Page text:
There is a common conception that new information and communication technologies
have the potential to achieve greater social equity; to empower migrants, particularly
in the construction of diasporic spaces and agency. However, this achievement is not
uniform: media are enmeshed in pre-existent power structures. Gender, class, and
'race' mark the lines of the technological divide.
To explore these issues, we look at the case of migrant women in Ireland who are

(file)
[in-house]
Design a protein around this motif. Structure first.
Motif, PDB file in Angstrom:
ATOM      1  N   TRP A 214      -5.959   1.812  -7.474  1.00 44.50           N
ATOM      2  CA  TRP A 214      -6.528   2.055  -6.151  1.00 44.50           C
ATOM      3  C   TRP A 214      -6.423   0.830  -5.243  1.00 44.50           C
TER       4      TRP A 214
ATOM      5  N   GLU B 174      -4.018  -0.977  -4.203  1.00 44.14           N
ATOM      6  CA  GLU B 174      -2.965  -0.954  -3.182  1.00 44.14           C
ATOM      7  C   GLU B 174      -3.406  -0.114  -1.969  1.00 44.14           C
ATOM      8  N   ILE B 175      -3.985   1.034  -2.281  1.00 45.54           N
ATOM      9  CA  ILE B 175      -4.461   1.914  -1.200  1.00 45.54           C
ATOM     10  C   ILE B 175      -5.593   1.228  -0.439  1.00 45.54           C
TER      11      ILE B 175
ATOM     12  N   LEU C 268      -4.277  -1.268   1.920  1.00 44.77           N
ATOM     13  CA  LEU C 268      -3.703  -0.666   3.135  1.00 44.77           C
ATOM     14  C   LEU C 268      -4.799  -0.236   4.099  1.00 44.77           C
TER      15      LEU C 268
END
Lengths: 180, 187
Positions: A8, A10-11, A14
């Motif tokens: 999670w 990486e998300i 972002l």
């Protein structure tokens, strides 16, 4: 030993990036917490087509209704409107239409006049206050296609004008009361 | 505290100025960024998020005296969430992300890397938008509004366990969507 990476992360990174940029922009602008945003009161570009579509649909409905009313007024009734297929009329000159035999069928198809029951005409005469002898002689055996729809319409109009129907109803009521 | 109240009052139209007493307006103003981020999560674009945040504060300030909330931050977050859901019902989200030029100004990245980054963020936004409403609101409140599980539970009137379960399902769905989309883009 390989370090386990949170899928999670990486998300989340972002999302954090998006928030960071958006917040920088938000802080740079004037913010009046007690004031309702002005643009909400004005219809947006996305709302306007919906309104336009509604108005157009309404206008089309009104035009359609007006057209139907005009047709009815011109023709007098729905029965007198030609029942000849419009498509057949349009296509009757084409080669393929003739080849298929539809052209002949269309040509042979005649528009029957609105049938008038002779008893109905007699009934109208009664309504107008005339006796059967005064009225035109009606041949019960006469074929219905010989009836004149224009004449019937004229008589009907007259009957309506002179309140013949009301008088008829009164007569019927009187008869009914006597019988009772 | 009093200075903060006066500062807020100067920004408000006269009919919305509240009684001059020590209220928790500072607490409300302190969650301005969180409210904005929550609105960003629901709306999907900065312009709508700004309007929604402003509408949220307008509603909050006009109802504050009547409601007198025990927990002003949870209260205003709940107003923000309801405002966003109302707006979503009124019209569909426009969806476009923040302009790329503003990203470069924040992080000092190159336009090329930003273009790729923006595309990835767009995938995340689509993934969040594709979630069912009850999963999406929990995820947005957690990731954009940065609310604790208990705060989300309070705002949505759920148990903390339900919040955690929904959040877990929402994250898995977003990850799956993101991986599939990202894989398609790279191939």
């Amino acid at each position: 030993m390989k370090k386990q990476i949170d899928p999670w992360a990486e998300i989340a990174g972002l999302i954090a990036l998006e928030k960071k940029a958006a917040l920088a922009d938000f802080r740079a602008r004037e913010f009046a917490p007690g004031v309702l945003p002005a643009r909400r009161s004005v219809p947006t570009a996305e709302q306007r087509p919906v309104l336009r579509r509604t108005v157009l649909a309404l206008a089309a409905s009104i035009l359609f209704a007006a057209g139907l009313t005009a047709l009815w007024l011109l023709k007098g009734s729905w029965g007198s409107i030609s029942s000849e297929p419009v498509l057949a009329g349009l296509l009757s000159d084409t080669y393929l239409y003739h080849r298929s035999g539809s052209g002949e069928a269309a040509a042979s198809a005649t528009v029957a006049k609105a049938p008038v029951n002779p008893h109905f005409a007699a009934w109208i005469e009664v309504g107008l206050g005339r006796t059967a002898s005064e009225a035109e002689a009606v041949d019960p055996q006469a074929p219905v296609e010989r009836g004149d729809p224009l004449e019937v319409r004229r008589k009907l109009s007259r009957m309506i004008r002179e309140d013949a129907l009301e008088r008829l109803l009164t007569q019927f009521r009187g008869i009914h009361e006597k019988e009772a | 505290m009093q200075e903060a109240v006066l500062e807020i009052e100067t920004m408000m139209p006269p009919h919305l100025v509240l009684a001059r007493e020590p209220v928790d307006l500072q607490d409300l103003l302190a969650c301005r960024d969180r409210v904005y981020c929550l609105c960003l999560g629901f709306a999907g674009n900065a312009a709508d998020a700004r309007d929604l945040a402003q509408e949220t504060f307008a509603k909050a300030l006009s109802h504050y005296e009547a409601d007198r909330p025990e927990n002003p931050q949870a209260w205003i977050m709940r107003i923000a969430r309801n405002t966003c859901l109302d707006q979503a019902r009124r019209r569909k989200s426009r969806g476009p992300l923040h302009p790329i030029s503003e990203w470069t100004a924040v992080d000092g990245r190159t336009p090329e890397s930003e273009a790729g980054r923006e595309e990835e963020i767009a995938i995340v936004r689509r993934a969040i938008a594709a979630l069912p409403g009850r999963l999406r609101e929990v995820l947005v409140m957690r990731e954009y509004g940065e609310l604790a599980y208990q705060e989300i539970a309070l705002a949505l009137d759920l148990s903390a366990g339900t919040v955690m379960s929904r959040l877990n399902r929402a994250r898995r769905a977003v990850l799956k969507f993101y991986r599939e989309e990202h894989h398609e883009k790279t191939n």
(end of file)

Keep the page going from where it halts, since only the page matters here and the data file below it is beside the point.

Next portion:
active in migrant organisations. Despite uneven access to mediated information flows,
adaptive innovation in communication technology use is evident in these
organisations. Mediatised communication and information are integral to their day-today
management, in such a way as to both consolidate and expand existing 'offline'
networks. While problematising notions of migrant belongings and affiliations, our
research entails a critical rethinking of several commonplace preconceptions in
popular discourse: the 'migrant', the 'individual' technology user, and the idea of
technology access as a 'pure good'.